I made it clear that, although I complain about the state of my city and our country, my environment in my home office is not as neat, clean and orderly as it could be. But I determined to do better, hoping that a positive contribution would do more than constant complaining.

Then an e-mail landed in my inbox last week. The sender, I will refer to him as ‘O’, spoke about how what I wrote resonated with him.

“I fully understand and support your view that we ought to correct the wrongs of us being careless about our hygiene,” O wrote. He then told a story of how, while visiting a pub in Osaka, Japan, he felt the need to relieve himself on the walk home.

However, O told me that he had to hold on to his bladder juice until he got back to his hotel because of something he calls Japan’s ‘Consequence Management law’.

Consequence Management law; I like the sound of that. O says he encountered it in Dubai too. He writes, “Dubai and Osaka in Japan, wow those places are a marvel coming to cleanliness, and this, I reckon, is because of Consequence Management.”

But according to O, Consequence Management is not only about not peeing on the street or not littering, it’s about being good, being a model citizen proactively – doing the right thing because it was right.

His e-mail contained another account that I found uplifting.

“I recall (when) I lost my scarf when we went to watch a soccer match,” O writes. “I went to look for it at half-time, retracing our route from entering the stadium, and guess what?

“The security personnel on duty simply took my ticket to check my seating arrangement and told me to return to enjoy the game as they would bring me my scarf.”

At this point I am guessing that being a South African, he wasn’t feeling very confident that he would ever see his scarf again, But the story continues …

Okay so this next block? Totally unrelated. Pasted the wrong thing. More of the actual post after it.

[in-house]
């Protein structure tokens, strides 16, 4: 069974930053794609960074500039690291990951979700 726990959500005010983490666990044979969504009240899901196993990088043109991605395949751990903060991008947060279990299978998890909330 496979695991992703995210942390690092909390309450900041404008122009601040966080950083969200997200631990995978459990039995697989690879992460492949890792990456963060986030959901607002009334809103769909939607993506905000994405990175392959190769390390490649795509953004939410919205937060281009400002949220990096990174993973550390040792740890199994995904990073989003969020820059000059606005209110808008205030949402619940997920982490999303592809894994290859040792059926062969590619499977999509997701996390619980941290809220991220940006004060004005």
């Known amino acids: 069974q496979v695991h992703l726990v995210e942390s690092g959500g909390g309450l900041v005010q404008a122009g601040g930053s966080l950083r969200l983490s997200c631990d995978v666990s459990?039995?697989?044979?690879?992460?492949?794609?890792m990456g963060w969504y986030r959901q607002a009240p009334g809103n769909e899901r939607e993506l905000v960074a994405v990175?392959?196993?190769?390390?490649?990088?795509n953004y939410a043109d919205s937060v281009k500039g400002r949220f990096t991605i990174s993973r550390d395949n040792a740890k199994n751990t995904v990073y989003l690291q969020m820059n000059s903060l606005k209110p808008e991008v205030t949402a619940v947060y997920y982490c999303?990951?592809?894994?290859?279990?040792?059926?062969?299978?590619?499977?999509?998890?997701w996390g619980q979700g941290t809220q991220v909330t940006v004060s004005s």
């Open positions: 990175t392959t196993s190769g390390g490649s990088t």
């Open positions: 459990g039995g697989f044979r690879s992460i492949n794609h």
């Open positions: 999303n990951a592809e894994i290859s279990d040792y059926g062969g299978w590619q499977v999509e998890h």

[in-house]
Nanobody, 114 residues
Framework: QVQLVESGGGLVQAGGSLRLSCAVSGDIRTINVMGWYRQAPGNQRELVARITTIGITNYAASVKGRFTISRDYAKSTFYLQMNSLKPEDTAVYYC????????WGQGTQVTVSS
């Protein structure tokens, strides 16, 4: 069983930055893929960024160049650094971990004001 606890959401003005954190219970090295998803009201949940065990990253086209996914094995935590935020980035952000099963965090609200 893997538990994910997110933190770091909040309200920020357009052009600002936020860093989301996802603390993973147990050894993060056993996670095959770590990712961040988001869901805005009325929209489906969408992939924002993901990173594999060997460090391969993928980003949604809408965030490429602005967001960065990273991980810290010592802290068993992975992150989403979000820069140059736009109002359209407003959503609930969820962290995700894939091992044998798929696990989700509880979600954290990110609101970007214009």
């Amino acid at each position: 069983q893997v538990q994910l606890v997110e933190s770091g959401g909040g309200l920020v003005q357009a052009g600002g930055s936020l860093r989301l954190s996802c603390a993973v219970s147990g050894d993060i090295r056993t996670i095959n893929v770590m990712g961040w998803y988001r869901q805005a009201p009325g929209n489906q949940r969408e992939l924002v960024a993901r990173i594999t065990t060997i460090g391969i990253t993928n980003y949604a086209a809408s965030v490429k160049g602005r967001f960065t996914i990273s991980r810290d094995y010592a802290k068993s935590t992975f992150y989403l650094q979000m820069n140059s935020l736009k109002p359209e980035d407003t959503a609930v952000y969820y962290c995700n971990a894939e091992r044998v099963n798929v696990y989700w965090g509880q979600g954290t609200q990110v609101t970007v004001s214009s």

“Indeed I did manage to get my scarf back mid-way through the second half,” O writes, adding, “I praise their way of enjoying life because of this Consequence Management put in place.”

It is possible that there could be a few people who could be rolling their eyes right now, probably thinking, “Oh listen to these privileged travellers preaching to us!”

But that’s not the case. Having travelled does not make the traveller better than the one who has stayed home. It just means that the traveller has been exposed to more. And therefore I believe that sharing the experiences and encouraging a better way of doing things should be a traveller’s responsibility … to bring back a report of how we can learn better things from other cultures.

Based on what I have experienced during the course of my own travels – nationally and abroad – I have come to the conclusion that though it’s fun and exciting to travel and see new things and experience different cultures, beyond that, it’s better to bring back positive experiences and better ideas from the places we have visited than to take our entrenched manners and practices over there – wherever ‘there’ is. Consequence Management can be an example of something positive in the context of this column.

I saw a quote one day that made me think about the responsibility of those privileged enough to travel. I don’t know who said it, but it went: “It’s not what you look at that matters. It’s what you see.”